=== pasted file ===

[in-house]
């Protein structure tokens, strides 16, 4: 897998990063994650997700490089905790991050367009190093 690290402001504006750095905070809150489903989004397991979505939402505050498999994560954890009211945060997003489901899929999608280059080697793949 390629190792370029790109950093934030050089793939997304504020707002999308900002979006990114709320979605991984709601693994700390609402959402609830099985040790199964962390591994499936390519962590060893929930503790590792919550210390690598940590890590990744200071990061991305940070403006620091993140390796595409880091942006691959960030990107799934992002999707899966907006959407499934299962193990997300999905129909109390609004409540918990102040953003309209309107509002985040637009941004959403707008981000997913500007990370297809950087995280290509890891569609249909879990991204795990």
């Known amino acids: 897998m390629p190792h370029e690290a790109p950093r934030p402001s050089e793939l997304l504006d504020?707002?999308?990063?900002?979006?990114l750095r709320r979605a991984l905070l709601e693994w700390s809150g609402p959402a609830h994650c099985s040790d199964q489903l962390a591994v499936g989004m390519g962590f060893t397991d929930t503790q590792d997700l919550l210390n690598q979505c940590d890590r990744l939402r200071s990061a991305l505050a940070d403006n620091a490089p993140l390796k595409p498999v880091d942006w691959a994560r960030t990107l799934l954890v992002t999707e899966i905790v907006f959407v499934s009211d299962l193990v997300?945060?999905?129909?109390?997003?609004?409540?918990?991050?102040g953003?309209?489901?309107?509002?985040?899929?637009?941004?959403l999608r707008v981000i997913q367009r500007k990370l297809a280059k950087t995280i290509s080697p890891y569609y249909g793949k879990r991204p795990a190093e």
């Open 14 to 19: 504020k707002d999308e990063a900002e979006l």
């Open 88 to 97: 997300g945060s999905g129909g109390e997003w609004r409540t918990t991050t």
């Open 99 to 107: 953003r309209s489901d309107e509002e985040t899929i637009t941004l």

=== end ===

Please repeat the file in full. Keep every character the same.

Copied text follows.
[in-house]
């Protein structure tokens, strides 16, 4: 897998990063994650997700490089905790991050367009190093 690290402001504006750095905070809150489903989004397991979505939402505050498999994560954890009211945060997003489901899929999608280059080697793949 390629190792370029790109950093934030050089793939997304504020707002999308900002979006990114709320979605991984709601693994700390609402959402609830099985040790199964962390591994499936390519962590060893929930503790590792919550210390690598940590890590990744200071990061991305940070403006620091993140390796595409880091942006691959960030990107799934992002999707899966907006959407499934299962193990997300999905129909109390609004409540918990102040953003309209309107509002985040637009941004959403707008981000997913500007990370297809950087995280290509890891569609249909879990991204795990």
């Known amino acids: 897998m390629p190792h370029e690290a790109p950093r934030p402001s050089e793939l997304l504006d504020?707002?999308?990063?900002?979006?990114l750095r709320r979605a991984l905070l709601e693994w700390s809150g609402p959402a609830h994650c099985s040790d199964q489903l962390a591994v499936g989004m390519g962590f060893t397991d929930t503790q590792d997700l919550l210390n690598q979505c940590d890590r990744l939402r200071s990061a991305l505050a940070d403006n620091a490089p993140l390796k595409p498999v880091d942006w691959a994560r960030t990107l799934l954890v992002t999707e899966i905790v907006f959407v499934s009211d299962l193990v997300?945060?999905?129909?109390?997003?609004?409540?918990?991050?102040g953003?309209?489901?309107?509002?985040?899929?637009?941004?959403l999608r707008v981000i997913q367009r500007k990370l297809a280059k950087t995280i290509s080697p890891y569609y249909g793949k879990r991204p795990a190093e």
């Open 14 to 19: 504020k707002d999308e990063a900002e979006l």
């Open 88 to 97: 997300g945060s999905g129909g109390e997003w609004r409540t918990t991050t």
């Open 99 to 107: 953003r309209s489901d309107e509002e985040t899929i637009t941004l």